Posts Linux Disk Recover - initramfs Bug

Linux Disk Recover - initramfs Bug

I run Debian sid, and because I like to live on the edge of Debian sometimes things break. A similar situation happened a few weeks ago. I had updated my machine, and the next time I booted my machine I went to decrypt my drive and I was greeted with the following error (and reported Debian bug):

5 must be installed for pthread_exit to work


cryptsetup: ERROR: nvme0n1p3_crypt: cryptsetup failed, bad password or options?

Yikes! I couldn’t get into my machine. I couldn’t decrypt my disk, and I was locked out. I needed to do two things: Access my disk and fix initramfs.

I’m going to break up this blog post into two different parts:

  1. Recovering Linux with a live image
  2. Fixing initramfs

The former is quite common, and the latter is unusual. But in the event I ever run into this again, I’d like to have this well-documented!

Linux recovery with a live image

I run Debian, so this will be specific to Debian, but many distros have the same capability to run a live image. There are a handful of situations where you might have an issue getting your Linux machine booted up. Me running into a cryptsetup issue is one of many examples. But whatever happened, and you need to get into your machine without the proper boot sequence, this should help.

Get a live image

With Debian, you can get a live install image. You can choose whatever desktop environment you want, I’m a fan of XFCE through and through, so I downloaded the Debian 12 XFCE live image ISO. Get a spare USB drive and use an image writer to write the ISO to the USB disk.

Note: It’s a great idea to have a live image disk always available. If you’re anything like me, you can’t predict when you’ll need it. And there’s a chicken and egg problem if your only machine is down, and you can’t create a live disk to recover your machine.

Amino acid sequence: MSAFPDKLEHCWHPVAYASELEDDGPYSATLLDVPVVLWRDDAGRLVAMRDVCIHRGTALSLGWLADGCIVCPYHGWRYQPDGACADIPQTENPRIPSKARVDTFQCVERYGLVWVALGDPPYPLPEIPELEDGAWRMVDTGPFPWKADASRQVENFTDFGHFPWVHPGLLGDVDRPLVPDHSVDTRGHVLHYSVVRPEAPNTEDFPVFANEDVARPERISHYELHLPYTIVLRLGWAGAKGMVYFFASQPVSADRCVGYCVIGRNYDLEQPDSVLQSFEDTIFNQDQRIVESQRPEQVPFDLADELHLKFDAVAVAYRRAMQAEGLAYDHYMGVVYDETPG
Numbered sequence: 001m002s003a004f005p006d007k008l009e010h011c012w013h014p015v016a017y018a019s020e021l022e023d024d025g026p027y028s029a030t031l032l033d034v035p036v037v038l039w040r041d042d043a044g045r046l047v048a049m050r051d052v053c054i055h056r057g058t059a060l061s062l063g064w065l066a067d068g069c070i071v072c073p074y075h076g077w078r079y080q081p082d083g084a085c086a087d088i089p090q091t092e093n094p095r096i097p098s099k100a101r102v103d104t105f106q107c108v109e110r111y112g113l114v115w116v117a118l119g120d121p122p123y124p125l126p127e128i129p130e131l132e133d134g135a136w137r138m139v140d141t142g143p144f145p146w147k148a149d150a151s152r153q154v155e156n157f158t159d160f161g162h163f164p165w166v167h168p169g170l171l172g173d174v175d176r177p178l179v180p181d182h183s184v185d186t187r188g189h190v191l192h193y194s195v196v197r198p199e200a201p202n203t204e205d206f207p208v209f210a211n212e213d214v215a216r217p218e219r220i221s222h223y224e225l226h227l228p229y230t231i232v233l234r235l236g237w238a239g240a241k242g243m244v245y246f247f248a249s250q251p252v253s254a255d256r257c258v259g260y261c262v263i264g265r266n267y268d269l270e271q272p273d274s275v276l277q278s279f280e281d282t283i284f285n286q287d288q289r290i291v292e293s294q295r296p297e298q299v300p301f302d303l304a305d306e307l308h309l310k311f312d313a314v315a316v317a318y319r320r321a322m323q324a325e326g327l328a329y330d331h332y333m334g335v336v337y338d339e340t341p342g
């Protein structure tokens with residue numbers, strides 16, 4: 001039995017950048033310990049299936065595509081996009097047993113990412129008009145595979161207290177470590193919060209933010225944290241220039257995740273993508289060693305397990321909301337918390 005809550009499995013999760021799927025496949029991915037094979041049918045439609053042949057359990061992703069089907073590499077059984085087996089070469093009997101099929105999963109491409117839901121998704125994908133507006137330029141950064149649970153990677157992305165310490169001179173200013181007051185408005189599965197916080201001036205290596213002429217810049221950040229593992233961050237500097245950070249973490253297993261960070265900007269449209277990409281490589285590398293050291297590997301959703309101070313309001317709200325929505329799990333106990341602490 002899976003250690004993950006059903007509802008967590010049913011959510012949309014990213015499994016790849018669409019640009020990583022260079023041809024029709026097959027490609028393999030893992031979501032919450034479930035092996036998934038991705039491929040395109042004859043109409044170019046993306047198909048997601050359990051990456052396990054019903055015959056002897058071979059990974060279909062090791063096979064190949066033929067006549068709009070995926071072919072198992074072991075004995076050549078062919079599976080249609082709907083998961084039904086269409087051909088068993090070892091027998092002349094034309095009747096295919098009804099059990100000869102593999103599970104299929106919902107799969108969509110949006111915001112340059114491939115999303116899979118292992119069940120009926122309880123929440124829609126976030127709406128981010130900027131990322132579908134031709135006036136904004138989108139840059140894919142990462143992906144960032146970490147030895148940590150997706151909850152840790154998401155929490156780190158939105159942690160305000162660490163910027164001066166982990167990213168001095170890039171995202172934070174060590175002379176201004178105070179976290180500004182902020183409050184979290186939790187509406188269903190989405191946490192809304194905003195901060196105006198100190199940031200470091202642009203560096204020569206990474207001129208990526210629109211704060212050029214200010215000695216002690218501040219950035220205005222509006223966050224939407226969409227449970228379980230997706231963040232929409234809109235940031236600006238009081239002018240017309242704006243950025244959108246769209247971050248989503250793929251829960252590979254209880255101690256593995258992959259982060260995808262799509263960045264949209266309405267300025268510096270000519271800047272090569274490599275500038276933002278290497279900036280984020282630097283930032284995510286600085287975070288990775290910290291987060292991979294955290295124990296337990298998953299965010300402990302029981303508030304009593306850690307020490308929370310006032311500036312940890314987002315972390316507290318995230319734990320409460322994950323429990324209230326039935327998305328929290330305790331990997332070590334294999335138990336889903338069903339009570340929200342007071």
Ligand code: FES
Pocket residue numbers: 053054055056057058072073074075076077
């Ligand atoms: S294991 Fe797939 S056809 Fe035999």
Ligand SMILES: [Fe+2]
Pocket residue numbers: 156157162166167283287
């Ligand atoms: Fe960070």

Boot the live disk

Boot your machine with the live disk. Do this by temporarily changing the boot device and point it to the USB that is imaged with the live disk. For Debian, it will boot into an options screen where you can select the correct option. Once you do that, you’re now in the live install and you can move around as you would in any other Linux installation.

Mount the disk

Before we can do anything with our machine’s disk(s), we need to first mount them. Mine is encrypted so I need to first open it:

# cryptsetup luksOpen /dev/nvme0n1p3 nvme0n1p3_crypt

In my case, I needed to use nvme0n1p3_crypt, as this is what is set in my /etc/crypttab, and it needed to match for update-initramfs.

Now I can mount the disk:

# mkdir /media/originaldisk
# mount /dev/mapper/debian--vg-root /media/originaldisk

This part is important and can vary. In my case, my volume group is name debian-vg, but that might vary for other configs.

And now the disk is mounted and you can cd /media/originaldisk and do what you need to do!

Fixing initramfs

My specific problem was that there was a bug with initramfs, so I needed to update it. When I mounted my disk, I mentioned that I needed to match what was in /etc/crypttab.

It’s important that prior to mounting, we might need to do some volume group detection and modifications. Running vgscan --mknodes scans all LVM block devices, and also special files in /dev. vgchange -ay activates all LVs. You shouldn’t have to do this, but in the event you need to rename your volume group, you may need to run vgchange <vg_uuid> <new_vg_name>. Just note that this should match what is in grub config.

I also need to mount the boot partition:

# mount /dev/nvme0n1p2 /media/originaldisk/boot

That partition might be different, but doing an ls /media/originaldisk/boot should show your initrd image and your kernel, as well as the grub config. That’s a pretty good indication it’s the correct one.

Now I need to mount a few others:

# cd /
# mount -t proc proc /media/disk/proc
# mount -t sysfs sys /media/disk/sys
# mount -o bind /dev /media/disk/dev

Then chroot into this mounted root:

# chroot /media/originaldisk /bin/bash

I have to make sure I have thin-provisioning-tools installed:

# apt install thin-provisioning-tools

And finally, fix initramrfs:

# update-initramfs -u -k all

You should be able to list out available kernel versions with linux-version list. This is what update-initramfs will use when specifying all for the version.

And that’s it! I was able to boot back into my original disk and initramfs was fixed.

This post is licensed under CC BY 4.0 by the author.